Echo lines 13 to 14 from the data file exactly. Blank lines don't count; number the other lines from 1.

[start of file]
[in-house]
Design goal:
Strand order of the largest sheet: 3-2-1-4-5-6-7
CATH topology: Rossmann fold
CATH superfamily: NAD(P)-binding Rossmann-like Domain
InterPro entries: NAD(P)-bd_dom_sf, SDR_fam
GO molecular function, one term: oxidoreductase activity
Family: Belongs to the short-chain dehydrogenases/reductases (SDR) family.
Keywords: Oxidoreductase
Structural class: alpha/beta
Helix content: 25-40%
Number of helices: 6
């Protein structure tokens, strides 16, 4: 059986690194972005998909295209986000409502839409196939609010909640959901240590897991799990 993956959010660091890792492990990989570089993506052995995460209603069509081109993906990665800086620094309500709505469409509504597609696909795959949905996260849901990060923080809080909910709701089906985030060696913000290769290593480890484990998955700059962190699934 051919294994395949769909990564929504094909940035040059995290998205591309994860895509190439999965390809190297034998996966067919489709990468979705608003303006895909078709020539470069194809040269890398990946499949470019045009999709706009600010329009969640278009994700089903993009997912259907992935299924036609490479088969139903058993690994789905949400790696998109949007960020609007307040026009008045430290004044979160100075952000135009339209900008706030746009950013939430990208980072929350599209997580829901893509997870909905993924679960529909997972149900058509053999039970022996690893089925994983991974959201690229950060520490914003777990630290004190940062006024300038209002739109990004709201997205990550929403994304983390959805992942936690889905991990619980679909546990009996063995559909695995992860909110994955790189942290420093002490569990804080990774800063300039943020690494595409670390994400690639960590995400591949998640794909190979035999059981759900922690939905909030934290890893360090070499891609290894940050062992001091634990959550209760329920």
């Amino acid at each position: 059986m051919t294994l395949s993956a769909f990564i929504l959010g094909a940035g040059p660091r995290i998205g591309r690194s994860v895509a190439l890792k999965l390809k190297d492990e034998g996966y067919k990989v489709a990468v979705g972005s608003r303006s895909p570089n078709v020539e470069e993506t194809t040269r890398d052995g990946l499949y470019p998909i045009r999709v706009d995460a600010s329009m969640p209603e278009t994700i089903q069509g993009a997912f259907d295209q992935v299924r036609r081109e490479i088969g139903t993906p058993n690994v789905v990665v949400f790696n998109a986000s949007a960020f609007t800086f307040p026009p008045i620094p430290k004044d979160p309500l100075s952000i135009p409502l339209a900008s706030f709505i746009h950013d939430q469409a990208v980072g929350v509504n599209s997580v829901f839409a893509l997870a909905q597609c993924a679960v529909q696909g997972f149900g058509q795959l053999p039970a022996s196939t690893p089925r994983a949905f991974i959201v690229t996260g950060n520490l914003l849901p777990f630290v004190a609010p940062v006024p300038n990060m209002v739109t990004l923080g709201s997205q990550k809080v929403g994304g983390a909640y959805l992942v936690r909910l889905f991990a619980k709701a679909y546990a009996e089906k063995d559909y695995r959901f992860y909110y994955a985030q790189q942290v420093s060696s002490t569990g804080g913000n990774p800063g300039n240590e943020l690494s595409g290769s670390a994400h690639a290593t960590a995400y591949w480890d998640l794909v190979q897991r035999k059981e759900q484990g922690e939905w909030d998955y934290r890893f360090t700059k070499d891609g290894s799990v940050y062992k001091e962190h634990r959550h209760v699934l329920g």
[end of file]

């Protein structure tokens, strides 16, 4: 059986690194972005998909295209986000409502839409196939609010909640959901240590897991799990 993956959010660091890792492990990989570089993506052995995460209603069509081109993906990665800086620094309500709505469409509504597609696909795959949905996260849901990060923080809080909910709701089906985030060696913000290769290593480890484990998955700059962190699934 051919294994395949769909990564929504094909940035040059995290998205591309994860895509190439999965390809190297034998996966067919489709990468979705608003303006895909078709020539470069194809040269890398990946499949470019045009999709706009600010329009969640278009994700089903993009997912259907992935299924036609490479088969139903058993690994789905949400790696998109949007960020609007307040026009008045430290004044979160100075952000135009339209900008706030746009950013939430990208980072929350599209997580829901893509997870909905993924679960529909997972149900058509053999039970022996690893089925994983991974959201690229950060520490914003777990630290004190940062006024300038209002739109990004709201997205990550929403994304983390959805992942936690889905991990619980679909546990009996063995559909695995992860909110994955790189942290420093002490569990804080990774800063300039943020690494595409670390994400690639960590995400591949998640794909190979035999059981759900922690939905909030934290890893360090070499891609290894940050062992001091634990959550209760329920």
């Amino acid at each position: 059986m051919t294994l395949s993956a769909f990564i929504l959010g094909a940035g040059p660091r995290i998205g591309r690194s994860v895509a190439l890792k999965l390809k190297d492990e034998g996966y067919k990989v489709a990468v979705g972005s608003r303006s895909p570089n078709v020539e470069e993506t194809t040269r890398d052995g990946l499949y470019p998909i045009r999709v706009d995460a600010s329009m969640p209603e278009t994700i089903q069509g993009a997912f259907d295209q992935v299924r036609r081109e490479i088969g139903t993906p058993n690994v789905v990665v949400f790696n998109a986000s949007a960020f609007t800086f307040p026009p008045i620094p430290k004044d979160p309500l100075s952000i135009p409502l339209a900008s706030f709505i746009h950013d939430q469409a990208v980072g929350v509504n599209s997580v829901f839409a893509l997870a909905q597609c993924a679960v529909q696909g997972f149900g058509q795959l053999p039970a022996s196939t690893p089925r994983a949905f991974i959201v690229t996260g950060n520490l914003l849901p777990f630290v004190a609010p940062v006024p300038n990060m209002v739109t990004l923080g709201s997205q990550k809080v929403g994304g983390a909640y959805l992942v936690r909910l889905f991990a619980k709701a679909y546990a009996e089906k063995d559909y695995r959901f992860y909110y994955a985030q790189q942290v420093s060696s002490t569990g804080g913000n990774p800063g300039n240590e943020l690494s595409g290769s670390a994400h690639a290593t960590a995400y591949w480890d998640l794909v190979q897991r035999k059981e759900q484990g922690e939905w909030d998955y934290r890893f360090t700059k070499d891609g290894s799990v940050y062992k001091e962190h634990r959550h209760v699934l329920g």